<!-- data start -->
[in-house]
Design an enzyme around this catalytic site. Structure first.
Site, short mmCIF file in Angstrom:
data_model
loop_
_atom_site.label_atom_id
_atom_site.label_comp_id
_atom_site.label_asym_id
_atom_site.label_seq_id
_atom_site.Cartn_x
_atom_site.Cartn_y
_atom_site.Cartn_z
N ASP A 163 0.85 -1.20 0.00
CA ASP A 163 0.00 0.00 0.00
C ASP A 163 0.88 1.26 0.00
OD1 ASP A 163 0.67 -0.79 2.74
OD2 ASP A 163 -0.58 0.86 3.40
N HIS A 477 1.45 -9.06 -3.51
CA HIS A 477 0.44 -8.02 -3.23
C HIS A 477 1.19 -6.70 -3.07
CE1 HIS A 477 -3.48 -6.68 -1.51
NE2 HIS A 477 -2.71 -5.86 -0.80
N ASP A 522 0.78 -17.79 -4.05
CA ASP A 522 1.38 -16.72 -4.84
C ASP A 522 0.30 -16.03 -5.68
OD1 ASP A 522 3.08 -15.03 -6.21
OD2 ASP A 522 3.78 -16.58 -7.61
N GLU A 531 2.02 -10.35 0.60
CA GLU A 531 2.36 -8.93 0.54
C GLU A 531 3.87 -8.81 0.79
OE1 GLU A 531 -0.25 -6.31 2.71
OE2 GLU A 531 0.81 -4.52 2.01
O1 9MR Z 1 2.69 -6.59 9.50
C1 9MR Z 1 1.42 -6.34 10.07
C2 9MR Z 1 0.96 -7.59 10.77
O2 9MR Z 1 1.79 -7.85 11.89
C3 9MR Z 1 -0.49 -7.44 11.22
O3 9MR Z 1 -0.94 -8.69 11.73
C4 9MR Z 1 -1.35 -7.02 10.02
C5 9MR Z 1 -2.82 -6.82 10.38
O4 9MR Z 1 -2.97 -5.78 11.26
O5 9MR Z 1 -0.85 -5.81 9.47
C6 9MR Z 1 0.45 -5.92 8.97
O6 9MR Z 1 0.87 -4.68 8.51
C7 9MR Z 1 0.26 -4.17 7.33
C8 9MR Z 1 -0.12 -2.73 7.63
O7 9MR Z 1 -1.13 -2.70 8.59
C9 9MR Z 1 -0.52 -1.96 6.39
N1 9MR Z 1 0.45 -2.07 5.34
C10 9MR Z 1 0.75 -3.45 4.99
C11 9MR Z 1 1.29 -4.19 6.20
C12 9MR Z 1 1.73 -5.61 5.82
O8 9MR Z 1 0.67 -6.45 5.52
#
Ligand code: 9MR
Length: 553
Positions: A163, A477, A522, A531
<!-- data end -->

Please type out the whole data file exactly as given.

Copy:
[in-house]
Design an enzyme around this catalytic site. Structure first.
Site, short mmCIF file in Angstrom:
data_model
loop_
_atom_site.label_atom_id
_atom_site.label_comp_id
_atom_site.label_asym_id
_atom_site.label_seq_id
_atom_site.Cartn_x
_atom_site.Cartn_y
_atom_site.Cartn_z
N ASP A 163 0.85 -1.20 0.00
CA ASP A 163 0.00 0.00 0.00
C ASP A 163 0.88 1.26 0.00
OD1 ASP A 163 0.67 -0.79 2.74
OD2 ASP A 163 -0.58 0.86 3.40
N HIS A 477 1.45 -9.06 -3.51
CA HIS A 477 0.44 -8.02 -3.23
C HIS A 477 1.19 -6.70 -3.07
CE1 HIS A 477 -3.48 -6.68 -1.51
NE2 HIS A 477 -2.71 -5.86 -0.80
N ASP A 522 0.78 -17.79 -4.05
CA ASP A 522 1.38 -16.72 -4.84
C ASP A 522 0.30 -16.03 -5.68
OD1 ASP A 522 3.08 -15.03 -6.21
OD2 ASP A 522 3.78 -16.58 -7.61
N GLU A 531 2.02 -10.35 0.60
CA GLU A 531 2.36 -8.93 0.54
C GLU A 531 3.87 -8.81 0.79
OE1 GLU A 531 -0.25 -6.31 2.71
OE2 GLU A 531 0.81 -4.52 2.01
O1 9MR Z 1 2.69 -6.59 9.50
C1 9MR Z 1 1.42 -6.34 10.07
C2 9MR Z 1 0.96 -7.59 10.77
O2 9MR Z 1 1.79 -7.85 11.89
C3 9MR Z 1 -0.49 -7.44 11.22
O3 9MR Z 1 -0.94 -8.69 11.73
C4 9MR Z 1 -1.35 -7.02 10.02
C5 9MR Z 1 -2.82 -6.82 10.38
O4 9MR Z 1 -2.97 -5.78 11.26
O5 9MR Z 1 -0.85 -5.81 9.47
C6 9MR Z 1 0.45 -5.92 8.97
O6 9MR Z 1 0.87 -4.68 8.51
C7 9MR Z 1 0.26 -4.17 7.33
C8 9MR Z 1 -0.12 -2.73 7.63
O7 9MR Z 1 -1.13 -2.70 8.59
C9 9MR Z 1 -0.52 -1.96 6.39
N1 9MR Z 1 0.45 -2.07 5.34
C10 9MR Z 1 0.75 -3.45 4.99
C11 9MR Z 1 1.29 -4.19 6.20
C12 9MR Z 1 1.73 -5.61 5.82
O8 9MR Z 1 0.67 -6.45 5.52
#
Ligand code: 9MR
Length: 553
Positions: A163, A477, A522, A531